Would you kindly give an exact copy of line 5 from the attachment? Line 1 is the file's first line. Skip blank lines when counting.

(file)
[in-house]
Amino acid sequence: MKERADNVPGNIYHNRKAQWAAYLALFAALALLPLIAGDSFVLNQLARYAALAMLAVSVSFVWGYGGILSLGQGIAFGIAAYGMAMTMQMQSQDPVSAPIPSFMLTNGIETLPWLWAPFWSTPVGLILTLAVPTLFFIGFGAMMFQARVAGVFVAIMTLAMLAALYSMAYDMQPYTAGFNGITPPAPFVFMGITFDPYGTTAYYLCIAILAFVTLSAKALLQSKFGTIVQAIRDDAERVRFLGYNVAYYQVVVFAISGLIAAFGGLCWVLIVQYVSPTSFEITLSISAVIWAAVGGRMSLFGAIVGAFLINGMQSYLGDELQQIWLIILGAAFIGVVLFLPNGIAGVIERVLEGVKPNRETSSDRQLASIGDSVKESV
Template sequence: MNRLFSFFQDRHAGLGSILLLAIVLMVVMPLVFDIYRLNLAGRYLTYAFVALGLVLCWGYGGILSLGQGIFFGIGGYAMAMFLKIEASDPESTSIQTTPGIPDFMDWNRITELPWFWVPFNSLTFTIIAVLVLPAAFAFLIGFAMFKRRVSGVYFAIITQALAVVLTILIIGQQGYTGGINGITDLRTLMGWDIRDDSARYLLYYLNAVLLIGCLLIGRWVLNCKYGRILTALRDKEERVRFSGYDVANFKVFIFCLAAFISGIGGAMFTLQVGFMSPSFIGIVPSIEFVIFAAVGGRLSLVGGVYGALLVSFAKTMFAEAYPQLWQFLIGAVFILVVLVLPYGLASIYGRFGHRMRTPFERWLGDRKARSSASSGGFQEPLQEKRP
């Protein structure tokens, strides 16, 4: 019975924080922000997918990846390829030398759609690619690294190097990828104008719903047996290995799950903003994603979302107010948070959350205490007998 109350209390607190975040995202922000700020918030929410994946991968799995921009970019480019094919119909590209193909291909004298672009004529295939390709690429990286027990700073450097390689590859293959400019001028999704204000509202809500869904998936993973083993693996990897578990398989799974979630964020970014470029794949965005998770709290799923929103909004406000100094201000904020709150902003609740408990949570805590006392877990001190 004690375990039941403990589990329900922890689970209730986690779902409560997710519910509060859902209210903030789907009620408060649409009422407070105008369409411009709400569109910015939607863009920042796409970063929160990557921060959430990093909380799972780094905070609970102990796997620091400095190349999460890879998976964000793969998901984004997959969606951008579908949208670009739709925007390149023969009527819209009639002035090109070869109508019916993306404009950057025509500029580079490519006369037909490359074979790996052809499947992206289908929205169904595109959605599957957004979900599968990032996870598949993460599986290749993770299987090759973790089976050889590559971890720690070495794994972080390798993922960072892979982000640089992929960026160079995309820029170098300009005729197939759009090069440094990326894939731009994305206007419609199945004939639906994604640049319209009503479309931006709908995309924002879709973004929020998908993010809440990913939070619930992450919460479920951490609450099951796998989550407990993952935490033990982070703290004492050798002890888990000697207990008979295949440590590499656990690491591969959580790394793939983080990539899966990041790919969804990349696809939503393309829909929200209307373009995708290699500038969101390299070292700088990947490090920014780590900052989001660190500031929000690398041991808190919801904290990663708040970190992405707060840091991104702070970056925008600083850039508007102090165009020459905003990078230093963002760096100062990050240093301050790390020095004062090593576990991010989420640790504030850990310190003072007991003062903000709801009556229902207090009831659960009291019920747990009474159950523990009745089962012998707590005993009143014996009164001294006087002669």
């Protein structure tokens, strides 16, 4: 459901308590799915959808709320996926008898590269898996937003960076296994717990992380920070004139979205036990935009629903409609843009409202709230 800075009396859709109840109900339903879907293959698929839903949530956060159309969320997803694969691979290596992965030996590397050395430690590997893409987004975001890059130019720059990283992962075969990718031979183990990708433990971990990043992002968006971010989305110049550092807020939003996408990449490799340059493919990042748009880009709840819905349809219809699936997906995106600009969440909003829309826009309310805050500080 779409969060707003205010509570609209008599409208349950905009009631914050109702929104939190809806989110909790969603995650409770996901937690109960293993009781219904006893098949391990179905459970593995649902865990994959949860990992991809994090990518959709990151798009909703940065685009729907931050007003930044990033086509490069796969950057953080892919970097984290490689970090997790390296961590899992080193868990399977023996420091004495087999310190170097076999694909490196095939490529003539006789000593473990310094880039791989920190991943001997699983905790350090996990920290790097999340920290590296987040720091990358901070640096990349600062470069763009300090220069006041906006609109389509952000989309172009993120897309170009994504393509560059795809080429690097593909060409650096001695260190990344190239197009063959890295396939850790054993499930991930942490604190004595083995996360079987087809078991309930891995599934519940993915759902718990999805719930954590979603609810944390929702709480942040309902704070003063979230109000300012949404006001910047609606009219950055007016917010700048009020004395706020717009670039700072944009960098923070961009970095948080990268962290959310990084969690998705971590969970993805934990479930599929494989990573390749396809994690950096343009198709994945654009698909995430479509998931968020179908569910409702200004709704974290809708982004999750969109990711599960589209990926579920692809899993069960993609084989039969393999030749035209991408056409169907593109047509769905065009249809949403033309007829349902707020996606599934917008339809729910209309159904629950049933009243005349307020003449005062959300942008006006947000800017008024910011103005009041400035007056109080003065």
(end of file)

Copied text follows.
């Protein structure tokens, strides 16, 4: 459901308590799915959808709320996926008898590269898996937003960076296994717990992380920070004139979205036990935009629903409609843009409202709230 800075009396859709109840109900339903879907293959698929839903949530956060159309969320997803694969691979290596992965030996590397050395430690590997893409987004975001890059130019720059990283992962075969990718031979183990990708433990971990990043992002968006971010989305110049550092807020939003996408990449490799340059493919990042748009880009709840819905349809219809699936997906995106600009969440909003829309826009309310805050500080 779409969060707003205010509570609209008599409208349950905009009631914050109702929104939190809806989110909790969603995650409770996901937690109960293993009781219904006893098949391990179905459970593995649902865990994959949860990992991809994090990518959709990151798009909703940065685009729907931050007003930044990033086509490069796969950057953080892919970097984290490689970090997790390296961590899992080193868990399977023996420091004495087999310190170097076999694909490196095939490529003539006789000593473990310094880039791989920190991943001997699983905790350090996990920290790097999340920290590296987040720091990358901070640096990349600062470069763009300090220069006041906006609109389509952000989309172009993120897309170009994504393509560059795809080429690097593909060409650096001695260190990344190239197009063959890295396939850790054993499930991930942490604190004595083995996360079987087809078991309930891995599934519940993915759902718990999805719930954590979603609810944390929702709480942040309902704070003063979230109000300012949404006001910047609606009219950055007016917010700048009020004395706020717009670039700072944009960098923070961009970095948080990268962290959310990084969690998705971590969970993805934990479930599929494989990573390749396809994690950096343009198709994945654009698909995430479509998931968020179908569910409702200004709704974290809708982004999750969109990711599960589209990926579920692809899993069960993609084989039969393999030749035209991408056409169907593109047509769905065009249809949403033309007829349902707020996606599934917008339809729910209309159904629950049933009243005349307020003449005062959300942008006006947000800017008024910011103005009041400035007056109080003065």